Tim Crow, a Royal Canadian Air Force pilot during World War II, survived a horrendous, bone-breaking plane crash and went on to enjoy careers as a tennis sportscaster, disc jockey and Atlanta business executive.
Arriving in Britain in February 1944, Mr. Crow took off the following month on his very first combat mission to intercept German planes near London.
Dennis Crow of Long Beach, Calif., said his older brother was taking evasive action to elude a Messerschmidt fighter when his Spitfire plunged into a farm field. He was trapped in his cockpit with fractures of the neck and back, but fortunately a trained police dog led rescuers through the darkness to him, and he was taken promptly to a hospital.
Mr. Crow spent the remainder of the war in a body cast at a rehabilitation facility housed in a stately English home, said his daughter, Maureen Crow of Pasadena, Calif.
“I recall seeing a picture of Dad sitting in the midst of beautiful nurses while they played croquet,” she said.
One other signal event in his life took place in Britain. An RCAF comrade was killed in combat, and he took his friend’s name, Tim, as his own. “He never cared much for Howard, his given name,” said his brother Dennis.
H. Tim Crow, 89, of Atlanta died Feb. 27 at his Brighton Gardens residence of complications from Parkinson’s disease. A Mass of Resurrection is planned at 10 a.m. Thursday at Mary Our Queen Catholic Church. Burial will be at Floral Hills Memorial Garden. Airport Mortuary is in charge of arrangements.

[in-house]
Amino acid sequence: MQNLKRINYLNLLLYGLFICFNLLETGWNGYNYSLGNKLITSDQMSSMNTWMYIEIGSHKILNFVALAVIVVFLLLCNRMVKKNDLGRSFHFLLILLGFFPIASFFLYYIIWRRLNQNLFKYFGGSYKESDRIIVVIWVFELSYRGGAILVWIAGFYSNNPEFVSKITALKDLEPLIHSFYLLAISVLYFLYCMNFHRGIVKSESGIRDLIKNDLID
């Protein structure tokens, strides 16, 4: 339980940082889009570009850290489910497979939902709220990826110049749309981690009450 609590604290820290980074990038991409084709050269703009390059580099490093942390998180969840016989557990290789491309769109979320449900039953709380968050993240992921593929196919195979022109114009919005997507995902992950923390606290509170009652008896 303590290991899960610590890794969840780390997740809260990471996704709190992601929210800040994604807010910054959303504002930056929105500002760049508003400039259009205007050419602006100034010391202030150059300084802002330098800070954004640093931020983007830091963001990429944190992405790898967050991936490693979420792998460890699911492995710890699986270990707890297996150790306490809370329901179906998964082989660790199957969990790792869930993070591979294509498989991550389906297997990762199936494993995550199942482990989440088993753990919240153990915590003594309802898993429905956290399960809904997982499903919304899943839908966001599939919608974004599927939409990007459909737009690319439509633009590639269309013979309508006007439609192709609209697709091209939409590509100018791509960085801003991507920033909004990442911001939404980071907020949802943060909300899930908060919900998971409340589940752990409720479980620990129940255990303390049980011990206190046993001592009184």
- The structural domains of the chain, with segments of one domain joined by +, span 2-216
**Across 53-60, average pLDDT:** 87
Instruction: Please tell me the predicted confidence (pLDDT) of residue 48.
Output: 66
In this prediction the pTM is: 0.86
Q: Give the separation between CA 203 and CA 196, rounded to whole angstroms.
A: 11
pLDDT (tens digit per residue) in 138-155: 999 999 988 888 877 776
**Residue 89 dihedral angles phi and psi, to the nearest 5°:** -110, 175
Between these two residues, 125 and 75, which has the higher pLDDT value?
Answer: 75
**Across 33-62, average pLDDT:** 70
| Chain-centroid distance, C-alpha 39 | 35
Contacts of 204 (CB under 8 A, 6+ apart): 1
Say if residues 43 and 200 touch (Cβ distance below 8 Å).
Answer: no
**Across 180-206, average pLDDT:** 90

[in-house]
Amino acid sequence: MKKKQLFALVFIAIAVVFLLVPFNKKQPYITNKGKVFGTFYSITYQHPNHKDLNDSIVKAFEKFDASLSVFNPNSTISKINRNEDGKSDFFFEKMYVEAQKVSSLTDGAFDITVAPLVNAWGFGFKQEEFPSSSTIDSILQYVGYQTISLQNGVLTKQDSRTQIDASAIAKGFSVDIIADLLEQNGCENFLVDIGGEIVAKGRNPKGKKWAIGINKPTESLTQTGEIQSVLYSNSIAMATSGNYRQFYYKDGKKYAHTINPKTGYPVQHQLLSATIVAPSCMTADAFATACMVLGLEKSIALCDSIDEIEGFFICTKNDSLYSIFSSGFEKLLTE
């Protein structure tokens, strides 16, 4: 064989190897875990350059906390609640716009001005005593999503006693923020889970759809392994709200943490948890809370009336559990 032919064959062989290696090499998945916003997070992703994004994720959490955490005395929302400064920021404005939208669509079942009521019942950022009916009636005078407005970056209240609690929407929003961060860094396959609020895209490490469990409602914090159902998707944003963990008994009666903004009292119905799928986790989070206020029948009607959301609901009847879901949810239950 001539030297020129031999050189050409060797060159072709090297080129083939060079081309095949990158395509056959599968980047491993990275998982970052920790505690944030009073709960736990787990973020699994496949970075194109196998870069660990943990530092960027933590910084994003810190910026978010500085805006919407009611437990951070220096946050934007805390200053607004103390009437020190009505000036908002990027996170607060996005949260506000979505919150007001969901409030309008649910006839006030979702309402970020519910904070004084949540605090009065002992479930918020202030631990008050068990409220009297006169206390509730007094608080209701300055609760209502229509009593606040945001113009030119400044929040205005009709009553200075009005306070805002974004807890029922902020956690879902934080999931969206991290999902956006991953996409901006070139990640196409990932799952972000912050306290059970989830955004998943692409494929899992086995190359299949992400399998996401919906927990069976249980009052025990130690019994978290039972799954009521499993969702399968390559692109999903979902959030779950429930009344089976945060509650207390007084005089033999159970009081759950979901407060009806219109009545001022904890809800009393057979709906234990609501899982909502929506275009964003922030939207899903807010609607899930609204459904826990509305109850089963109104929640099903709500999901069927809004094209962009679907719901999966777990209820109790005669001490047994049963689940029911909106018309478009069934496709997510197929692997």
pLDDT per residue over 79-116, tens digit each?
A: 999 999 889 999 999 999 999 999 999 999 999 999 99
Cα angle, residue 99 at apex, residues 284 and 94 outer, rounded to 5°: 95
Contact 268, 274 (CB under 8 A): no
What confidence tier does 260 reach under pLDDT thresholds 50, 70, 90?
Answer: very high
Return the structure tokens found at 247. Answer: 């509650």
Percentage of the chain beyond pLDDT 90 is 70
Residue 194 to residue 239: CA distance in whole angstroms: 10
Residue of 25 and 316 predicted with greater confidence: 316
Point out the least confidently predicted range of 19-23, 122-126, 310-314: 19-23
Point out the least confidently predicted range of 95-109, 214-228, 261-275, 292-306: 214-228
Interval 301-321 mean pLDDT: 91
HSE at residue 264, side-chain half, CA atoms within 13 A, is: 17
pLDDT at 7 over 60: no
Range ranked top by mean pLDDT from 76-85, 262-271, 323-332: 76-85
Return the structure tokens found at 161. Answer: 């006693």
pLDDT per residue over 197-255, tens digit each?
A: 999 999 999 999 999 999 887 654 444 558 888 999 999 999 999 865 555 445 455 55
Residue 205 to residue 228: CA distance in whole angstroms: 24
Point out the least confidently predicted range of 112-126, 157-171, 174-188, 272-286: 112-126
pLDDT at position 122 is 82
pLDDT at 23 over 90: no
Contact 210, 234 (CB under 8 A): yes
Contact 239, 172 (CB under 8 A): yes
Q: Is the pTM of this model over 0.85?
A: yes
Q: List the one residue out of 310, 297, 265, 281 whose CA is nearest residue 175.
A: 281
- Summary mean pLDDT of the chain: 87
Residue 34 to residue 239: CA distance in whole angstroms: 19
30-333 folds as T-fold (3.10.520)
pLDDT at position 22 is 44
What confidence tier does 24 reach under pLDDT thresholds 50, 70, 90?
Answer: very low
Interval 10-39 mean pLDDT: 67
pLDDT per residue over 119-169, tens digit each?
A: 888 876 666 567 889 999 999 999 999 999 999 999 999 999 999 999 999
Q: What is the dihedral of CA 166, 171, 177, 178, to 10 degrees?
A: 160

Recovering from his war injuries, Mr. Crow was at a microphone in 1947 doing play-by-play calls of Davis Cup and Wimbledon matches for the Canadian Broadcasting Corp., plus freelancing for the BBC covering major sports stories in Canada.
He chose to go to New York to polish his broadcasting skills. While at Columbia University, he met his first wife, Ronnie Haas.
When he was offered a job as a disc jockey, the two of them relocated to Wilmington, Del. There, he hosted the "Tiptoe Tim Crow Show" on station WAMS with a rock ‘n' roll format. (Tiptoe Tim was a nickname he earned for habitually walking on the balls of his feet, his daughter said.)
WAMS was a property of Rollins Inc., and in 1968 the company found a place for Mr. Crow at its Atlanta headquarters.
R. Randall Rollins, chairman of the Rollins board, said Mr. Crow was a long-term, dedicated employee.
“He was in charge of our quality control department and advanced through the years to the position of vice president and secretary of the company. He was a perfectionist and expected the best out of all of us.”
At one point Mr. Crow headed the company’s media relations. Carol Molnar, Rollins’ corporate communications manager, said Mr. Crow also made frequent public relations presentations on behalf of Rollins’ best-known division, Orkin Pest Control.
Maureen Crow said her father often traveled to New York City to brief securities analysts and investors about Rollins’ business activities, such as when Rollins stock went on the New York Stock Exchange.
After his wife Ronnie’s death in 1993, Mr. Crow married once again, to Irene Aden, who survives him. Also surviving are a sister, Hazel Hughes of St. Catherines, Ontario; and a granddaughter.